Flying for 10+ hours, staying seated most of the time, especially in a dry, pressurized cabin and having little to do, is boring and can make travelers’ bodies ache. Without preparation and taking care of yourself during the flight, air travelers can arrive at their destinations exhausted, hungry and disheveled. Here are ten tips to […]
This brilliant marketing idea (above) is worth a look. It made me think of togetherness, contact and warmth — all initiated with batteries. AA upgrades only the front class of plane, leaves coach in the ’80s. An Uber cab drivers provides an edgy inside look at a night behind the wheel of an Uber cab.
We look at how Scandinavian airports manage to keep their airports open even with days of non-stop snow. We have an explanation of what defines business class and discover that it is not too easy a class to define. And, USA Today takes a look at the possible pilot shortage new rules and low pay […]
New Boeing interiors, Bidding for first class, Airfare increases
Ned Levi has four new year’s resolutions for travelers which can enhance their sojourns. Ned wishes everyone a happy, healthy and prosperous new year.
AMR’s $30M townhouse discovered in bankruptcy, Thai ladyboy flight attendants, Top 10 Las Vegas buffets, business class seats filled with heavy gadgets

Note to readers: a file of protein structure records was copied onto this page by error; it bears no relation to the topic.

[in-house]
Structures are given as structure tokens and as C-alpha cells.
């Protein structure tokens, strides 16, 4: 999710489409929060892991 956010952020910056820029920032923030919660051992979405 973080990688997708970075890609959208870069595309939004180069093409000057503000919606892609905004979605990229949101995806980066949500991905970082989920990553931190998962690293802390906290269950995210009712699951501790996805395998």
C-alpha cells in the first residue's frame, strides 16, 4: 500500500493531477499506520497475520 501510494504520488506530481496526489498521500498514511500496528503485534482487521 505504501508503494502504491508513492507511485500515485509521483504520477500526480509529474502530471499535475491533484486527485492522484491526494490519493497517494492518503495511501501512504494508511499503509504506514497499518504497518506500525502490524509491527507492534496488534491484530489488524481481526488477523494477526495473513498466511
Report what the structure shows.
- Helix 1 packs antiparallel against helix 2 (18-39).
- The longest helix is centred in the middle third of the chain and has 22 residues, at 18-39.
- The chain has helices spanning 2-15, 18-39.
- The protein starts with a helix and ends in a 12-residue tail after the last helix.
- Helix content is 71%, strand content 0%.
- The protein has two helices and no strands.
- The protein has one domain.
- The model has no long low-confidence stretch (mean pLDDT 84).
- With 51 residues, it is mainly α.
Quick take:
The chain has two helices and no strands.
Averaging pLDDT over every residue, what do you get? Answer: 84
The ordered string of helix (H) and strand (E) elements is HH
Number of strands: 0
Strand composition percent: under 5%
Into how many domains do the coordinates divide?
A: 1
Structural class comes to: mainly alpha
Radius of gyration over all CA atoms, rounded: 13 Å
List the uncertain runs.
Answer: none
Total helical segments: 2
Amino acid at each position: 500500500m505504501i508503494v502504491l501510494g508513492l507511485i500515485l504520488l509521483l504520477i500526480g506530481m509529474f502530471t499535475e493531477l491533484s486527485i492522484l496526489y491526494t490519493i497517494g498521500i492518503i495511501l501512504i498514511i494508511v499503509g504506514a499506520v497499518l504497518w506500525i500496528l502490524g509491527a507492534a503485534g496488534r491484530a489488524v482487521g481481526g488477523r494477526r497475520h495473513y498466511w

Of all the frequent flier awards, for many travelers upgrades are the most prized, especially for international travel. With good reason — ten hours or more in coach is generally something to be endured. The same time in business class can be a mini-vacation.
Karen Fawcett, who commutes between Paris and Washington DC, has given up chasing miles for upgrades. She has discovered OpenSkies and it lovin’ it.
Janice Hough tells the story about a super-elite flier losing his seat to a Federal Air Marshal. She wonders why the air marshal would want to be isolated upstairs on a 747.
Our air transportation system is still mired in the 15th-Century world of peasants and landed gentry. Unfortunately, the airlines have been ignoring the peasants in the back of the plane. Worse, they rub the peasants’ noses in it but only advertising upscale seating that no normal passenger can afford and then making the lower-class passengers march through the world of spacious luxury before they squeeze into their allotted space.